Monday, April 14, 2008

The Last Snow

There was still snow here at the beginning of March - over this winter we got nearly four feet, and it takes such a long time to melt. All Iowa was fairly miserable, including me. Having grown up in the Southern US, I had never really experienced a serious winter, and the three I've spent here in Iowa have been depressingly cold, windy, and bitter.

My high-school friend Bennette came to the 'frozen tundra' for his spring break. He's living in North Carolina right now, attending school there, and hadn't really seen much snow all winter. Almost as soon as his feet touched the ground of Drake campus, his eyes lit up and he rolled every inch of white he could find into a ball that was quickly directed at any nearby target (usually me.) While many of the other students shared my dislike for the snow, Bennette's delight was contagious, and helped me remember how I had once felt about winter. I remember many snow days in high school (I lived in Richmond, VA) that my close friends (Bennette included) and I migrated to the nearest parks, clad in our parent's snow boots and double-layered peacoats, shuffling through barely-dusted ground in winter glee, cheeks rosy and hands freezing through thin gloves. There was always lots of laughter, something you certainly don't hear much of in the snow here.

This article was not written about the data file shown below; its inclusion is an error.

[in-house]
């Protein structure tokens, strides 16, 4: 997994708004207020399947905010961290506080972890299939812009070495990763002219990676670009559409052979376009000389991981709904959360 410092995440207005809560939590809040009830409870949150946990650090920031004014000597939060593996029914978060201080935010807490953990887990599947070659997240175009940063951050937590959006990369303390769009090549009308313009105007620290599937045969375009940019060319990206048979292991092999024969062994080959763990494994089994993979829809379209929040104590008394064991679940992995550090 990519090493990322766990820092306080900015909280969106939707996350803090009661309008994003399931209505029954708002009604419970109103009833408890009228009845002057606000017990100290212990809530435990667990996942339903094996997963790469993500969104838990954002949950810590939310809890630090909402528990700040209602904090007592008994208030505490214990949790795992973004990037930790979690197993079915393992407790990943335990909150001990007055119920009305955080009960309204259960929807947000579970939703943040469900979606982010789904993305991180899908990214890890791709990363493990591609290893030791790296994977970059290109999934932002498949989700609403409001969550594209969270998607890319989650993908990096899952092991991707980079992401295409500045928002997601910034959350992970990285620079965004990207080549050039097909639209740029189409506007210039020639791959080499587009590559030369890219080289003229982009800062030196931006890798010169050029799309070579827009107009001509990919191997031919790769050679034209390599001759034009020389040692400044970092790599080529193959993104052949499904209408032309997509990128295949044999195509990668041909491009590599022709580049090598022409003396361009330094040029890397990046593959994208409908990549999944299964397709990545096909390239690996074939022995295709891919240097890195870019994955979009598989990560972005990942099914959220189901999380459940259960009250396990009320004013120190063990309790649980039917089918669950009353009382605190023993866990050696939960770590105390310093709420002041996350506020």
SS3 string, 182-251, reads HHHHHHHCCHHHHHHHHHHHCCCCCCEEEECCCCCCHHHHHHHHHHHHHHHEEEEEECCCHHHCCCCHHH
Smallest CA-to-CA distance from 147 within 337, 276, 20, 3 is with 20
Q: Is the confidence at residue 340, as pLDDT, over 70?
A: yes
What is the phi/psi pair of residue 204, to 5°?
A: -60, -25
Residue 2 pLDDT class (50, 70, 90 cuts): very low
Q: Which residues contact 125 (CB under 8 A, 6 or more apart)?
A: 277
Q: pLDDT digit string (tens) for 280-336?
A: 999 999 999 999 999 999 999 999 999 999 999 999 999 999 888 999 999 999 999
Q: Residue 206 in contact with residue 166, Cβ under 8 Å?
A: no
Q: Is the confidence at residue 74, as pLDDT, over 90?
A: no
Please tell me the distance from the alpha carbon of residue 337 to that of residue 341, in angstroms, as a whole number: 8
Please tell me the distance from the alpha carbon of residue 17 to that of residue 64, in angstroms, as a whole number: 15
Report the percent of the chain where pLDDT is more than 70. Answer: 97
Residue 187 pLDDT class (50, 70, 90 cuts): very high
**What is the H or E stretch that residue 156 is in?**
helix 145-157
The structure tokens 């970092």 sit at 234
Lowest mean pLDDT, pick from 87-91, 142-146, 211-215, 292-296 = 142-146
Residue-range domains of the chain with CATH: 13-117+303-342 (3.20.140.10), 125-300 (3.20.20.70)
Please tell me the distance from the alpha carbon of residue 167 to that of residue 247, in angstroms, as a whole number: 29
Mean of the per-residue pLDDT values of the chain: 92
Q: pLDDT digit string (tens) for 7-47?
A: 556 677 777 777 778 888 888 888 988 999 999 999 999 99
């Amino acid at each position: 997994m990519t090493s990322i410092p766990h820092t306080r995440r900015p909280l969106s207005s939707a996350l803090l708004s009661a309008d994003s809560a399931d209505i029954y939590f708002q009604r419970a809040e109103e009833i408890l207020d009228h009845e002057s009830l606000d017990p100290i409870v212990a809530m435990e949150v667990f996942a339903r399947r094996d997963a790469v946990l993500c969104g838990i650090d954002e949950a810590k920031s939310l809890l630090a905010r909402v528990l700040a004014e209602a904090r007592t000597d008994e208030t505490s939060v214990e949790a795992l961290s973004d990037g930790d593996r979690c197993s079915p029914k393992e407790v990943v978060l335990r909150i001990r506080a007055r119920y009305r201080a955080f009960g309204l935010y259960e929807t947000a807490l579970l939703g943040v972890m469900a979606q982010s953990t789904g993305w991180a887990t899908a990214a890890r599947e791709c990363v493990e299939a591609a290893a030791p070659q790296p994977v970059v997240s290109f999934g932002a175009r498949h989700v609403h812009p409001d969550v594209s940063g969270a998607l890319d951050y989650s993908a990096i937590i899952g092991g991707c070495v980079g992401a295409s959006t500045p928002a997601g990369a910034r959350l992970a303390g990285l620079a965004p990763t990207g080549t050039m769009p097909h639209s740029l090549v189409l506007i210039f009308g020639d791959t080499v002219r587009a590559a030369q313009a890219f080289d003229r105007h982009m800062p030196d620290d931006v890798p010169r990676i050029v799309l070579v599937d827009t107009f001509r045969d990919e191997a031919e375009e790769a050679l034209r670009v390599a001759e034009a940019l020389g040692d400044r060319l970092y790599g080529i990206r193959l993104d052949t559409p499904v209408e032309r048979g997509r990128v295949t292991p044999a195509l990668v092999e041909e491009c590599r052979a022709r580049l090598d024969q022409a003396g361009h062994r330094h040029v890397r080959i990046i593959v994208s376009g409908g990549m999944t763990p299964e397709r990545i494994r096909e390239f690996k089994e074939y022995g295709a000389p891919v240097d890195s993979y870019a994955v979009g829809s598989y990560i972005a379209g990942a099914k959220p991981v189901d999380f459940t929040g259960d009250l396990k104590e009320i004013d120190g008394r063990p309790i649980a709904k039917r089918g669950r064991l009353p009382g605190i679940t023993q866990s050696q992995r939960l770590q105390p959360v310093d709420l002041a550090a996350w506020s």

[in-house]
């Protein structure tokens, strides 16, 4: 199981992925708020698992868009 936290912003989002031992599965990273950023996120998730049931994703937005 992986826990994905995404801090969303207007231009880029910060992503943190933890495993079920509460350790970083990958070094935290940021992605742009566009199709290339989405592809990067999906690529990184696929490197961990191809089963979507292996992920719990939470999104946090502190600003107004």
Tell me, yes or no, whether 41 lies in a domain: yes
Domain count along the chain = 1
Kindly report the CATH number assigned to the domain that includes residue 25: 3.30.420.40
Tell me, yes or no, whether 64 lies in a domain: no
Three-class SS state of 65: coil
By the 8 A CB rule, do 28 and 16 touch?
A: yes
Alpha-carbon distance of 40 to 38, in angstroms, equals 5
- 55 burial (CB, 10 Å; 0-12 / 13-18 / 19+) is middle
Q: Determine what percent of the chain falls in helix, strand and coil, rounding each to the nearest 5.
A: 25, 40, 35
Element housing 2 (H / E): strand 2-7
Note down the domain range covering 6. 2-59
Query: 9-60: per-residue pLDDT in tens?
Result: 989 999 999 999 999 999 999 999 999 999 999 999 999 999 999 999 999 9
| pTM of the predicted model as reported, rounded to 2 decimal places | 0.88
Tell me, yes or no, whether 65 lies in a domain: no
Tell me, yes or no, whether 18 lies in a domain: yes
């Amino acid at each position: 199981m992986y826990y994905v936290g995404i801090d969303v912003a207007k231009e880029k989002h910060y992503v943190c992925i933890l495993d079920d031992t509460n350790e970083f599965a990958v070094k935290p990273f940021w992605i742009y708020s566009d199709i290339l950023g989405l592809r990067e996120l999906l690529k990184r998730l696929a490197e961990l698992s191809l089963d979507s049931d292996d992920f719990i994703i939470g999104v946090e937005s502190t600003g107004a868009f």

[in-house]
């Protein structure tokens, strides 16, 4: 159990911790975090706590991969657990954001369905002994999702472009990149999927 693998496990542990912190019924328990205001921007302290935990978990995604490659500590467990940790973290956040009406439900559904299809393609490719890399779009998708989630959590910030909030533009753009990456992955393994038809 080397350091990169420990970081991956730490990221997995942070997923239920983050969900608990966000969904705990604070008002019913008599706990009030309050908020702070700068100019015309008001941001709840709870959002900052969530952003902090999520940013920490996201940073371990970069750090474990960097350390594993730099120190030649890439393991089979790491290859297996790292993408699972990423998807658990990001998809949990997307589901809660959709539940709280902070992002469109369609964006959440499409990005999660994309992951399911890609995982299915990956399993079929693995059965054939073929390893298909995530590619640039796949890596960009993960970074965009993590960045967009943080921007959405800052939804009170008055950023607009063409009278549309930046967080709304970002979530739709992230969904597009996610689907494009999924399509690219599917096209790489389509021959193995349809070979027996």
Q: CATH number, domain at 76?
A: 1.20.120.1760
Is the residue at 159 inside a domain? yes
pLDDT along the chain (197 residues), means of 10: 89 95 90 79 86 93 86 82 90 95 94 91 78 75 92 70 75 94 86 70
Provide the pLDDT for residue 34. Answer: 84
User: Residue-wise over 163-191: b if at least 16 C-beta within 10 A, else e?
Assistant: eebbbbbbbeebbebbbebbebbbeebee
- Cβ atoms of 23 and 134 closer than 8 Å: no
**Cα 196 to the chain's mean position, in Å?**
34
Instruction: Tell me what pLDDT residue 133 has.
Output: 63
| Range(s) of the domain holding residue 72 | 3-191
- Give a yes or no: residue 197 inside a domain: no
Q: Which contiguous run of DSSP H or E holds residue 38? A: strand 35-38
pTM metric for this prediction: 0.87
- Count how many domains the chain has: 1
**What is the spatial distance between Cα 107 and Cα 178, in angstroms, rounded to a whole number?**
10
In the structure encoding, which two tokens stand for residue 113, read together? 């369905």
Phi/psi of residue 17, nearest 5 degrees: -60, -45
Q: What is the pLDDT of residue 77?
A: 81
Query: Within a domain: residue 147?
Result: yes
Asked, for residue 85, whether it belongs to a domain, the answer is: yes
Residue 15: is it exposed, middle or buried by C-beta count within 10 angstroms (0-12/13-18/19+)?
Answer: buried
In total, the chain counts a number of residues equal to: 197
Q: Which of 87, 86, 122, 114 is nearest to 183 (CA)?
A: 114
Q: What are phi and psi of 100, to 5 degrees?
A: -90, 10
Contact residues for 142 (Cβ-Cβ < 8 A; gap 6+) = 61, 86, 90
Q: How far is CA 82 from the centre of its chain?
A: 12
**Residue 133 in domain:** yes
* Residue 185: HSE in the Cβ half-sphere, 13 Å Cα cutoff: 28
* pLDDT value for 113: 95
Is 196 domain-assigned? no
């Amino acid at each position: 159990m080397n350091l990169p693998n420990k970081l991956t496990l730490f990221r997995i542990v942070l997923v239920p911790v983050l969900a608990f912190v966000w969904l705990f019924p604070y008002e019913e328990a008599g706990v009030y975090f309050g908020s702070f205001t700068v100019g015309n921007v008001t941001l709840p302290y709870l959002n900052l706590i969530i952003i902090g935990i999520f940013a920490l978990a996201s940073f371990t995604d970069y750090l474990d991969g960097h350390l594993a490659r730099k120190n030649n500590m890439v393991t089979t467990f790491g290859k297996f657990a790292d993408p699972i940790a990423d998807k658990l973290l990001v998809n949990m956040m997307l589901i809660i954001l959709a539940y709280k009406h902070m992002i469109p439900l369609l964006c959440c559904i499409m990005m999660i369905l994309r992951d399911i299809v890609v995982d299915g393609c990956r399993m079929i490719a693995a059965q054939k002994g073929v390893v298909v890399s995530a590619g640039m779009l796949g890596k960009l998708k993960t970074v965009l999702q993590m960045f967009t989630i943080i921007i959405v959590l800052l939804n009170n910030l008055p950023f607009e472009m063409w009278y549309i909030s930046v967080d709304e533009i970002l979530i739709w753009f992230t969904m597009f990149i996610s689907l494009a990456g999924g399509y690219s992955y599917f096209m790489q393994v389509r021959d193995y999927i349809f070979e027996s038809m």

What had happened to that girl, I wondered? She had relocated, redesigned, changed completely over the last three years. I had lost some vital part of myself, perhaps beaten down by grief or worry or too much cold weather. I vowed that before the last snow melted, I would attempt to recover some of her. Now that spring is finally peeking out from every corner, I feel like I've actually stuck to this late resolution.

This time around, it's not the first snow that seems to be a clean slate, coating the world in purity. For me, it was the last snow of the winter - and the first blooms of spring.

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